For Jewish immigrants the United States was once the “goldene medine,” the golden land, a place where Jews could live as full citizens without the governmental discrimination that was a reality in the lands from which they had had migrated. In America, Jews found economic and educational opportunity as they had in no other country. Indeed, America was a wondrous land for Jews. Arriving in large numbers from Germany in the middle of the 19th century and in massive numbers from Eastern European lands in the early 20th century, the Jewish immigrants adopted quickly to American ways. By the later part of the 20th century, Jews reached the highest levels in American society; in business, in government, in university life, in the arts and sciences, and today they remain an affluent and prominent element in American life.

It is a mythic tale. Senator Joseph Lieberman, an observant Jew, was a nominee for the vice presidency of the United States, and three Jewish Justices now are serving on the Supreme Court. Dozens of American Jews are members of Congress. World-renowned Jewish American university professors and researchers have been awarded the Nobel Prize, and Jewish authors are among the most distinguished members of the American literati. Notably, there are Saul Bellow, a Yiddish-speaking author whose writing style is considered among the best examples of midcentury literature, and Bernard Malamud, as well as the bestselling Philip Roth. In business and finance as well, American Jews have reached great affluence as creative entrepreneurs and innovators, contributing to America’s economic successes.

Despite this wonderful history and the many glorious Jewish achievements, the situation of the American Jewish community now has been radically transformed. Increasingly among influential progressive movements and academic groups, Jews are no longer welcomed. Once lauded for their liberal and charitable activity on behalf of human rights, economic equality, and workers’ rights, American Jews now are viewed as part of a white elite that has encouraged economic inequality and the subjugation of racial minorities. And most serious of all, there is widespread anger at what many progressives view as Jewish support of the xenophobic and racist state of Israel.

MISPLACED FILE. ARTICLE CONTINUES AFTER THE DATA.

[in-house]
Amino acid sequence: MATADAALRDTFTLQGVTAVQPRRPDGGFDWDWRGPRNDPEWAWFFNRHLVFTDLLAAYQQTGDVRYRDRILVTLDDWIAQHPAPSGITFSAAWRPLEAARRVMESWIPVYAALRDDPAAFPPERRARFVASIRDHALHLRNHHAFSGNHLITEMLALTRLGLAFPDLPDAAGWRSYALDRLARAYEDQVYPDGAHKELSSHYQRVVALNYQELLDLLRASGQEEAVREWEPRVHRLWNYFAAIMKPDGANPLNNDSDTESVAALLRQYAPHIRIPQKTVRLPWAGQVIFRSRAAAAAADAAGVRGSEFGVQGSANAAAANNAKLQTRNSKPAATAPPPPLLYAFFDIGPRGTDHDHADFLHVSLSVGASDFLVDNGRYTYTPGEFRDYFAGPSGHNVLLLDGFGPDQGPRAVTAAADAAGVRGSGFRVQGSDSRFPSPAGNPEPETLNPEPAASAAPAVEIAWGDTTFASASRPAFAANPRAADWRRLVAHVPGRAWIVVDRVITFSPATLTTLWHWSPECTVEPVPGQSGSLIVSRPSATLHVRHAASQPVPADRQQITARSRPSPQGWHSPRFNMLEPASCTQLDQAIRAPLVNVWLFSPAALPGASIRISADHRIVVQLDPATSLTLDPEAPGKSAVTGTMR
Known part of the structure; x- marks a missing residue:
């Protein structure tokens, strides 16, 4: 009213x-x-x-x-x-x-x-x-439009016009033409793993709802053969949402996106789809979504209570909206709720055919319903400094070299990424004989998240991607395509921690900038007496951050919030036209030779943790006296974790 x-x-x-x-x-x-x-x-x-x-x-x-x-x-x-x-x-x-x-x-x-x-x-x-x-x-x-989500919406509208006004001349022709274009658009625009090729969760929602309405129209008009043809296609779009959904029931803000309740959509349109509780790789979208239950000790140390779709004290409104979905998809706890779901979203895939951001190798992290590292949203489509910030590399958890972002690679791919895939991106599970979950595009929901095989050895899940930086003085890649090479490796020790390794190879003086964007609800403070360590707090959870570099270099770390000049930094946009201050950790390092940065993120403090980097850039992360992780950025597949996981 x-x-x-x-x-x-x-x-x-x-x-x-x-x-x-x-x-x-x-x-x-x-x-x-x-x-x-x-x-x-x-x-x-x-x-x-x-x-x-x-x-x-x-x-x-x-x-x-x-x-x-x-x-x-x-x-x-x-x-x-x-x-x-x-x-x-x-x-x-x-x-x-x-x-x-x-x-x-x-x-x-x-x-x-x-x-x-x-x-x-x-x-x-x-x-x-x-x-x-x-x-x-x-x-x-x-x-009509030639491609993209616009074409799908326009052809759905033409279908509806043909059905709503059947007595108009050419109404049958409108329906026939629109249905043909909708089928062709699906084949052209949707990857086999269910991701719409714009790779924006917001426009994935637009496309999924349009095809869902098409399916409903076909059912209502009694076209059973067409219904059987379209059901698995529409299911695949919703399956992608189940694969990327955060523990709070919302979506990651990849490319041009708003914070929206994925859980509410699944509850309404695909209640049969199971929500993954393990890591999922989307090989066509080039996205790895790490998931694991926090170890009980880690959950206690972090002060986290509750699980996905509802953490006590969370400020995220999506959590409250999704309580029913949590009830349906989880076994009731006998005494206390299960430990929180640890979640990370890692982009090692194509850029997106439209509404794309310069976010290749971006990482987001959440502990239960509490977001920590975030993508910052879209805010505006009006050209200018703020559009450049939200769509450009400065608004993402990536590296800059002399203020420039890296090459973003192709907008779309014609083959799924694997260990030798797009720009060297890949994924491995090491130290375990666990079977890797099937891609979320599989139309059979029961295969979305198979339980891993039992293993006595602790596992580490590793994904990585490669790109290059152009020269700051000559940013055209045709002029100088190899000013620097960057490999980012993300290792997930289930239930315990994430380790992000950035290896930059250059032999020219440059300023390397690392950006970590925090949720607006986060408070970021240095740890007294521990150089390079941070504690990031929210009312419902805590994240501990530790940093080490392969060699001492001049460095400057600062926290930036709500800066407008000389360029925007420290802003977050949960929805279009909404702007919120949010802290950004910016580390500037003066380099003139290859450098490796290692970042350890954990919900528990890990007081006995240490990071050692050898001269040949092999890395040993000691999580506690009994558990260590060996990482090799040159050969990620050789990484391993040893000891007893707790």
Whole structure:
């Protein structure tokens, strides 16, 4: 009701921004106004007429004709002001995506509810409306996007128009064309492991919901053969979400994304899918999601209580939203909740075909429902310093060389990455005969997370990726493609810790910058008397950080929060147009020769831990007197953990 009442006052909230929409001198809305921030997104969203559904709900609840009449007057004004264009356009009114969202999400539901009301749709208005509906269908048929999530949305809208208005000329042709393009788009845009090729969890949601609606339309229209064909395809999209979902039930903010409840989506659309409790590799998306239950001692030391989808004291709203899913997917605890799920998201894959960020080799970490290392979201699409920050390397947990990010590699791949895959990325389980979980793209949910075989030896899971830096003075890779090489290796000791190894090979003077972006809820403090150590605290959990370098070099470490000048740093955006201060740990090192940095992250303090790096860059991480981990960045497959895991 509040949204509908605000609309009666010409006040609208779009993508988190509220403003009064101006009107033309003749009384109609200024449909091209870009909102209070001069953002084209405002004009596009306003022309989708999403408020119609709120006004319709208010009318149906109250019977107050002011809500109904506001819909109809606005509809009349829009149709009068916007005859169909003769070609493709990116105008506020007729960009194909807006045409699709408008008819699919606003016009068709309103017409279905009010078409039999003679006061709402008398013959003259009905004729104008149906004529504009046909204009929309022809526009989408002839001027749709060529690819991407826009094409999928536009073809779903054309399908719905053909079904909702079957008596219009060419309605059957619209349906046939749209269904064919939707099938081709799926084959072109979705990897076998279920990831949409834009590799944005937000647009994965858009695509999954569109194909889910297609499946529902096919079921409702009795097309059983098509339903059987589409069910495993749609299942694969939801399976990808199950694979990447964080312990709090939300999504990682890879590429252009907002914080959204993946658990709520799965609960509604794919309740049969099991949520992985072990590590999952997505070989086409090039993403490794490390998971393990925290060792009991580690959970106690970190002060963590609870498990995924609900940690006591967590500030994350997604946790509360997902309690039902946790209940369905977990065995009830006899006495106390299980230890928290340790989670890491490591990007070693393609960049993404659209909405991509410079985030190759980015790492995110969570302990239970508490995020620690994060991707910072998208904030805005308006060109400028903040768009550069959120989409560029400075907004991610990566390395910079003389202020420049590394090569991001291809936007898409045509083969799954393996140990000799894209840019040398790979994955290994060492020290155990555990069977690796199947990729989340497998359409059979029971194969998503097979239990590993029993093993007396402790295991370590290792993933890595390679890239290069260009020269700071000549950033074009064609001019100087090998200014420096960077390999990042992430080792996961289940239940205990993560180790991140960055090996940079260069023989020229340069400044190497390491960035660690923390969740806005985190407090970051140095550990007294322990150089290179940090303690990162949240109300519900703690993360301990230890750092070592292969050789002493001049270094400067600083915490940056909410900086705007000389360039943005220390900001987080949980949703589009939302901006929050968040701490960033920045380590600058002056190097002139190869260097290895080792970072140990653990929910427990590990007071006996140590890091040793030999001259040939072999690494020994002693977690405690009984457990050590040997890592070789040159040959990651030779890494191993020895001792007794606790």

Many American Jews, the majority of whom were and are staunch supporters of liberal and progressive democratic political movements, understandably refuse to recognize the radically different — and in my view now precarious — situation of American Jewry. Liberalism, its progressive politics, and its support for unions, minority rights, and the working class was the natural home for the masses of Jewish immigrants, and this stance continued for generations. As one contemporary Jewish college student explained, given his family history and his Jewish roots, “it shouldn’t be a surprise that so many young Jews, myself included, can’t imagine being anything else other than political progressives.”